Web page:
Defensively, there is no doubt the Mets are improved. As previously mentioned, a huge defensive upgrade at catcher. Jason Bay, who looks like a much better player than some of us anticipated, has a great arm and gets a good jump. He is also "sneaky fast" in terms of a power hitter. With a similar defensive player in RF in Francoeur and the serviceable Matthews, as a defensive replacement, the outfield has considerably improved, and even more so when Beltran enters the fray. The infield benefits as well with the return of Reyes and Murphy since they are both very rangy.
While overall depth, speed and improved defense and power will help, 2010 will boil down to starting pitching. Johan is a going to be good even if he is not dominating. The other four starters are going to have to deliver quality starts three out of four times out. If three of them fail to do that, the Mets are in trouble. If two of them do it, they can contend. If three of them do it, they can take the NL East.
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BUFFALO'S OUTFIELD LOOKING VERY POWERFUL
With Chris Carter in LF, Jason Pridie in CF and Fernando Martinez learning his new position of RF, the Bisons' left-handed hitting brigade is going to put some fear into right-handed hurlers. Nick Evans will play often at the two corners and a touch at 1B for a bit of balance. If Carter starts strong and Mike Jacobs and Frank Catalanotto falter, look for Carter to enhance the Mets bench shortly after Murphy returns. No doubt he is the best hitter in the bunch. Carter's achilles heel has always been his glove, but those May and June inter-league games would be one heck of a showcase at DH.
MEIJA BETTER OFF STARTING IN BINGHAMTON
Many have said it during the past two weeks, but the Mets would be far better off developing the impressive Meija as a starting pitcher. What is the weakest link going into 2010? Once the bullpen washes out a bit and Calero, Dessens and Acosta have aired it out in Buffalo, the Mets need to send Meija down to eat innings and develop good secondary pitches, which is something Parnell and Eddie Kunz are about to attempt, likely as starting pitchers.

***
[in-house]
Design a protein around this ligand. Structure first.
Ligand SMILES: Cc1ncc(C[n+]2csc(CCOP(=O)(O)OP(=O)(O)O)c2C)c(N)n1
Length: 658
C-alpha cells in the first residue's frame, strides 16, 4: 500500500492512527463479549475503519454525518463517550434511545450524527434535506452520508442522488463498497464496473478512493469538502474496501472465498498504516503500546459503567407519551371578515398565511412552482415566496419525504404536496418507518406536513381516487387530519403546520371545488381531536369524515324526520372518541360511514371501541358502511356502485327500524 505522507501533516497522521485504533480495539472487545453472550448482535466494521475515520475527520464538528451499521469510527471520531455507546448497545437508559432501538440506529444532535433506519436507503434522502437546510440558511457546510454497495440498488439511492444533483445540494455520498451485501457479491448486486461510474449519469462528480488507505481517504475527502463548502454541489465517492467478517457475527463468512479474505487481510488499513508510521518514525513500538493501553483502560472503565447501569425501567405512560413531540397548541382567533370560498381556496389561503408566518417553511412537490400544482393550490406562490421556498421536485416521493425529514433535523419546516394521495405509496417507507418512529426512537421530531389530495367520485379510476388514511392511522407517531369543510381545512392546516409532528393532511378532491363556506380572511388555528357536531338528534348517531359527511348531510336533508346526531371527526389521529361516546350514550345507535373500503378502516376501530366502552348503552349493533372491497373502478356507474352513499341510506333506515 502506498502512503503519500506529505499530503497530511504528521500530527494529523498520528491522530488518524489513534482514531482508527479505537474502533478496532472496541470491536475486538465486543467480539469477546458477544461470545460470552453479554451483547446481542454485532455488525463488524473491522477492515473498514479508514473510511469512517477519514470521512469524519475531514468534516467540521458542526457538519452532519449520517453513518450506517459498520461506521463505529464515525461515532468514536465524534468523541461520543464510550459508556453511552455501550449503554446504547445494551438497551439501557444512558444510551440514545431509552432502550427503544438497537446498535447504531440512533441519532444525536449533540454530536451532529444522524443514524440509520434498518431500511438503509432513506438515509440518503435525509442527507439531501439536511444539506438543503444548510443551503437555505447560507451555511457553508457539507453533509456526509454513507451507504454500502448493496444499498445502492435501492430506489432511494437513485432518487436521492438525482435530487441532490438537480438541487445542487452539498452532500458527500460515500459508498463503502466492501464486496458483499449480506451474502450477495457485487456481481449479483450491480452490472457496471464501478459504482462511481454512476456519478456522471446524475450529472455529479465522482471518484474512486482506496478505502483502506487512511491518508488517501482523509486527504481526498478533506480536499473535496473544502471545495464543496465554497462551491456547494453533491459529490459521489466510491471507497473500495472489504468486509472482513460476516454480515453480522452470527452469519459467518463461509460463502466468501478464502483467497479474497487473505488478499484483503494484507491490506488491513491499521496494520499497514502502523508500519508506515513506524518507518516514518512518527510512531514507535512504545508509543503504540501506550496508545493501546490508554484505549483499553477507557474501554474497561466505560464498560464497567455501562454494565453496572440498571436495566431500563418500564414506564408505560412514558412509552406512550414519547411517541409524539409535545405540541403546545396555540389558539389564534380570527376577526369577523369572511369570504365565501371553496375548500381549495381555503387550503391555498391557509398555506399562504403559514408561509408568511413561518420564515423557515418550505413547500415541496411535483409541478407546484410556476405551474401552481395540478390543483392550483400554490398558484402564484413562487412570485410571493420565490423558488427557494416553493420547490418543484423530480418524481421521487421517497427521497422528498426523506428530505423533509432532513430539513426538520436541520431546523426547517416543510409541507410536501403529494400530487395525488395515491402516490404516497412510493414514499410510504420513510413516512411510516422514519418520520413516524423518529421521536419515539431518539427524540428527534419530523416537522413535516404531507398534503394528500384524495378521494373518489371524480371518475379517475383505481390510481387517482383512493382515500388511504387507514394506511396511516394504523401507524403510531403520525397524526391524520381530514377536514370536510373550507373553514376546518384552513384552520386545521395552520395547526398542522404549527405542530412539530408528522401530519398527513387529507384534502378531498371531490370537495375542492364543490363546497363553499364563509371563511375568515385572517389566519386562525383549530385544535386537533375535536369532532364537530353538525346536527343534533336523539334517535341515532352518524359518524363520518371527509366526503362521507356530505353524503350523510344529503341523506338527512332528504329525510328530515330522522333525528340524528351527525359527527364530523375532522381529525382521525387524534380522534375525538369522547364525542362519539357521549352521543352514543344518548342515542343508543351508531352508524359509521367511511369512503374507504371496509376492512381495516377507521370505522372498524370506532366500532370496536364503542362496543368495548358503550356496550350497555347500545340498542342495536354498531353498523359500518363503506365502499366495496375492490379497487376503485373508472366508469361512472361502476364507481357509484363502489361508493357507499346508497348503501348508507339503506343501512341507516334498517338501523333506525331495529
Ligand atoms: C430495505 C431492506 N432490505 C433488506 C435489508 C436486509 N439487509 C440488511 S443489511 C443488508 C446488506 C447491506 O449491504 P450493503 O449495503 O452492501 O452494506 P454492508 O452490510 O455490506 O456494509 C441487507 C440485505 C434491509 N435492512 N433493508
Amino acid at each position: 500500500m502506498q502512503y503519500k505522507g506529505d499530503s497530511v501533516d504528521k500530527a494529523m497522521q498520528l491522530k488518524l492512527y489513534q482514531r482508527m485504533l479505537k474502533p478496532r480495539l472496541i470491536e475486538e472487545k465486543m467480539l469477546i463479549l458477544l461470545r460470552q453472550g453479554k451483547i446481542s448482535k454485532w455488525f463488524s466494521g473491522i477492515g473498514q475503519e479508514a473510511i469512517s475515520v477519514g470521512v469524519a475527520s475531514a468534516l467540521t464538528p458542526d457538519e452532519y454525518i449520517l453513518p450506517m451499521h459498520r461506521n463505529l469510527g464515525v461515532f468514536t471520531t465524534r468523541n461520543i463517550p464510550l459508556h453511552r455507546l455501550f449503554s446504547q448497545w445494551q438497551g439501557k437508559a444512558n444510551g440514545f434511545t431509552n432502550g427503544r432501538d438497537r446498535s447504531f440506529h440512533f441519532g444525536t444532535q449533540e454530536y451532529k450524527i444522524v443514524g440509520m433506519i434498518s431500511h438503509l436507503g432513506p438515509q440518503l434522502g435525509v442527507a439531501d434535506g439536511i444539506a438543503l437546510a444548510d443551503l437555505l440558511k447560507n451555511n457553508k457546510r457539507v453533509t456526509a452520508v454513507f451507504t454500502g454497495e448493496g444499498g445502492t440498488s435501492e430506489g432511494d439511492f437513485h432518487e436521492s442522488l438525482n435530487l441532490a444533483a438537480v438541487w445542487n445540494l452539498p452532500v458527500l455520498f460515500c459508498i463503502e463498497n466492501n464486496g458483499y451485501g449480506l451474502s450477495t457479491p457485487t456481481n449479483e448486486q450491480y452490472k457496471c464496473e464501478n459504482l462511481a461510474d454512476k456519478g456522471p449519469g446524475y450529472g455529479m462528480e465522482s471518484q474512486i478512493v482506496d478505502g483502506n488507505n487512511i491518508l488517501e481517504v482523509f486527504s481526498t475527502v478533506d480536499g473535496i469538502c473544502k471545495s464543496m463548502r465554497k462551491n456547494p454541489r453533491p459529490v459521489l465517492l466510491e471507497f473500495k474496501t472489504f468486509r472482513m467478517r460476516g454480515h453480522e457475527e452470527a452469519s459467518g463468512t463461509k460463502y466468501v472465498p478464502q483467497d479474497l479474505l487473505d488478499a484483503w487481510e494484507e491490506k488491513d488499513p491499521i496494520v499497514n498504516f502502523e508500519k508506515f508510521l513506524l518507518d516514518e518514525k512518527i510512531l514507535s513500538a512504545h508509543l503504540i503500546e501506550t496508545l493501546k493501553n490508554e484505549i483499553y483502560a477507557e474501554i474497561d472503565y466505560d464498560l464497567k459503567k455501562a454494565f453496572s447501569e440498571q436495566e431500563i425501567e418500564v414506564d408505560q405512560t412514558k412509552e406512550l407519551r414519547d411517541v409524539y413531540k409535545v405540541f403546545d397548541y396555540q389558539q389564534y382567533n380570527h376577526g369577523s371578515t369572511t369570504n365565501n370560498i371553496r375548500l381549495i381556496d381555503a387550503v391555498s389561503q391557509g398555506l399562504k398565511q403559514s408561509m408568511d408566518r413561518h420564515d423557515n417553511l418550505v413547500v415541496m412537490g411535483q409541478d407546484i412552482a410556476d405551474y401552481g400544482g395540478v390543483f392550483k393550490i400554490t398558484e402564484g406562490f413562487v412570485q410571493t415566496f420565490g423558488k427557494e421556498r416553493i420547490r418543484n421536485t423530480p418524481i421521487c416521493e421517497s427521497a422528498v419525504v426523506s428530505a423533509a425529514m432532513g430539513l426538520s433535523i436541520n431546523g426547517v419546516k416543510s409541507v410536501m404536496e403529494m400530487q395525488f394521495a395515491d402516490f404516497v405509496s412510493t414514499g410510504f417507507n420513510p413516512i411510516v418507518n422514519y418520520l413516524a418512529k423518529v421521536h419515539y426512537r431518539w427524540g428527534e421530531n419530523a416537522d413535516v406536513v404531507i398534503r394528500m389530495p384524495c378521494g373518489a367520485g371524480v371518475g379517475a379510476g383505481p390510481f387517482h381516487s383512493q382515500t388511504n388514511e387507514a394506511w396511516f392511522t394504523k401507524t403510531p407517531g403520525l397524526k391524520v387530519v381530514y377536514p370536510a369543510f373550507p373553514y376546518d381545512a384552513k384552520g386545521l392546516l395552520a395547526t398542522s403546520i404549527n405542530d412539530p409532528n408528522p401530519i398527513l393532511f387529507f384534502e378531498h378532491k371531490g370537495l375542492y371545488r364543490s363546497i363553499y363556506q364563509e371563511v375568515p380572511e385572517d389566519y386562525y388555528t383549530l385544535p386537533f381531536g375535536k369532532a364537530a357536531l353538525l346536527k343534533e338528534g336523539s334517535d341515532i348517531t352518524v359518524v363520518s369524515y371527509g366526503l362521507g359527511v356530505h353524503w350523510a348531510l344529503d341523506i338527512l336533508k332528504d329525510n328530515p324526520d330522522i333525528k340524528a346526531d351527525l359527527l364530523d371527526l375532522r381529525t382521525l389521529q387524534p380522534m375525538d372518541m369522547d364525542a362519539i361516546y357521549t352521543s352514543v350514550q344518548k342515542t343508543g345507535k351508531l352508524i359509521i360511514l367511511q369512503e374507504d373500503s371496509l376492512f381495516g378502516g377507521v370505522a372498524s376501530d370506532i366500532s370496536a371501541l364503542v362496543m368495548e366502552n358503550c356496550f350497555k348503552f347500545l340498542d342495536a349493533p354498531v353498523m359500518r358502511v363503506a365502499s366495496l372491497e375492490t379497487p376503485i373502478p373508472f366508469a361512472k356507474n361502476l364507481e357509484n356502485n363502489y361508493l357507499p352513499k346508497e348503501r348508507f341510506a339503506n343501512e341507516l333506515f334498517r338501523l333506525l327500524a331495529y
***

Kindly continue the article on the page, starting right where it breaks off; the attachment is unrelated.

COACHING MAY WELL BE IMPROVED THROUGHOUT THE METS SYSTEM
Adding Dave Jauss (bench coach) and Chip Hale (third base) to the staff is just the beginning of the story. Wally Backman (Cyclone's manager) may end up being the most important addition since his entire coaching/managing career has revolved around developing young players and creating solid fundamentals and team play. It looks like Terry Collins (Director of Minor League Development) may well have inherited a much better group of prospects than was anticipated.
NL - Phillies/Cardinals/Rockies/Mets edge Braves for Wild Card
AL - Bosox/Chisox/Angels/Rays edge Highlanders for Wild Card
OPENING DAY RIGHT IN THE METS' WHEELHOUSE
In keeping with tradition, the Amazin's posted another terrific opening day victory via some outstanding pitching by Santana, Nieve and K-Rod as well as the big right-handed bats throughout the lineup. The newcomers Bay, Matthews and Barajas contributed multiple-hit efforts, but the big blast came in the first frame off the bat of the now pumped-up D. Wright, who muscled the ball over the rightfield fence. Some outstanding defense by the Mets was contrasted against a host of defensive lapses by The Fish, who may have the only first baseman in MLB (Gaby Sanchez) who has no concept of how to stretch from the bag to receive a throw. A nice unassisted double play by Hanley Ramirez kept the contest from being a complete blowout.